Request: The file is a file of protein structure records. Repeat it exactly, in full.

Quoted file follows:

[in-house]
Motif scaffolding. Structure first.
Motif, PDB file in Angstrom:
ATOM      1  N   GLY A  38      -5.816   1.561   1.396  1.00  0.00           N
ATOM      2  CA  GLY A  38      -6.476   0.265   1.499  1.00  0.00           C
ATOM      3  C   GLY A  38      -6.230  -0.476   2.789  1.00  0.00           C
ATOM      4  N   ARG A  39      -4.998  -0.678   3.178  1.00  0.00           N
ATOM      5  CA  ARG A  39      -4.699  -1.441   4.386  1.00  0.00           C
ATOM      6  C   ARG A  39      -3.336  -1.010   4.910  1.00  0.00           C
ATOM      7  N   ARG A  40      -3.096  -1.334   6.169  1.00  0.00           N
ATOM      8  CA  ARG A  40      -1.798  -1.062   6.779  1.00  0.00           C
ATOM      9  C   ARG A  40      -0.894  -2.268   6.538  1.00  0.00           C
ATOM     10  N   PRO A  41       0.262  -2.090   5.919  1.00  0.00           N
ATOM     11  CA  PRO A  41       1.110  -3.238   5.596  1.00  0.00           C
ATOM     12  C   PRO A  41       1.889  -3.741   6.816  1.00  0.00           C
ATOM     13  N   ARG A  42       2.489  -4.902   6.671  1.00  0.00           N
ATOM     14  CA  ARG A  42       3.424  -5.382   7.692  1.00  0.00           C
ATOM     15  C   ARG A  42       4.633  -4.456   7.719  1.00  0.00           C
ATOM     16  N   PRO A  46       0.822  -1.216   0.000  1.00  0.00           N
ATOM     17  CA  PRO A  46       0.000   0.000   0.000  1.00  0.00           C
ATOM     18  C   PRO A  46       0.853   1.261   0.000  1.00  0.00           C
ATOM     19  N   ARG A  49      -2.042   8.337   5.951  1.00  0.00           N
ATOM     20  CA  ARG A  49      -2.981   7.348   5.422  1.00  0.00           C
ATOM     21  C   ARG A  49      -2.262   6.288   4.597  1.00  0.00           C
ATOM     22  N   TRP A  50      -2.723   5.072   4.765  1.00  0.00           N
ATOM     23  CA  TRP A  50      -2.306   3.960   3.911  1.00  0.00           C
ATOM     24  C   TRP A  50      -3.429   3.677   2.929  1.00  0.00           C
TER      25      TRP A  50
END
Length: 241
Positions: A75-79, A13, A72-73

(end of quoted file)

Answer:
[in-house]
Motif scaffolding. Structure first.
Motif, PDB file in Angstrom:
ATOM      1  N   GLY A  38      -5.816   1.561   1.396  1.00  0.00           N
ATOM      2  CA  GLY A  38      -6.476   0.265   1.499  1.00  0.00           C
ATOM      3  C   GLY A  38      -6.230  -0.476   2.789  1.00  0.00           C
ATOM      4  N   ARG A  39      -4.998  -0.678   3.178  1.00  0.00           N
ATOM      5  CA  ARG A  39      -4.699  -1.441   4.386  1.00  0.00           C
ATOM      6  C   ARG A  39      -3.336  -1.010   4.910  1.00  0.00           C
ATOM      7  N   ARG A  40      -3.096  -1.334   6.169  1.00  0.00           N
ATOM      8  CA  ARG A  40      -1.798  -1.062   6.779  1.00  0.00           C
ATOM      9  C   ARG A  40      -0.894  -2.268   6.538  1.00  0.00           C
ATOM     10  N   PRO A  41       0.262  -2.090   5.919  1.00  0.00           N
ATOM     11  CA  PRO A  41       1.110  -3.238   5.596  1.00  0.00           C
ATOM     12  C   PRO A  41       1.889  -3.741   6.816  1.00  0.00           C
ATOM     13  N   ARG A  42       2.489  -4.902   6.671  1.00  0.00           N
ATOM     14  CA  ARG A  42       3.424  -5.382   7.692  1.00  0.00           C
ATOM     15  C   ARG A  42       4.633  -4.456   7.719  1.00  0.00           C
ATOM     16  N   PRO A  46       0.822  -1.216   0.000  1.00  0.00           N
ATOM     17  CA  PRO A  46       0.000   0.000   0.000  1.00  0.00           C
ATOM     18  C   PRO A  46       0.853   1.261   0.000  1.00  0.00           C
ATOM     19  N   ARG A  49      -2.042   8.337   5.951  1.00  0.00           N
ATOM     20  CA  ARG A  49      -2.981   7.348   5.422  1.00  0.00           C
ATOM     21  C   ARG A  49      -2.262   6.288   4.597  1.00  0.00           C
ATOM     22  N   TRP A  50      -2.723   5.072   4.765  1.00  0.00           N
ATOM     23  CA  TRP A  50      -2.306   3.960   3.911  1.00  0.00           C
ATOM     24  C   TRP A  50      -3.429   3.677   2.929  1.00  0.00           C
TER      25      TRP A  50
END
Length: 241
Positions: A75-79, A13, A72-73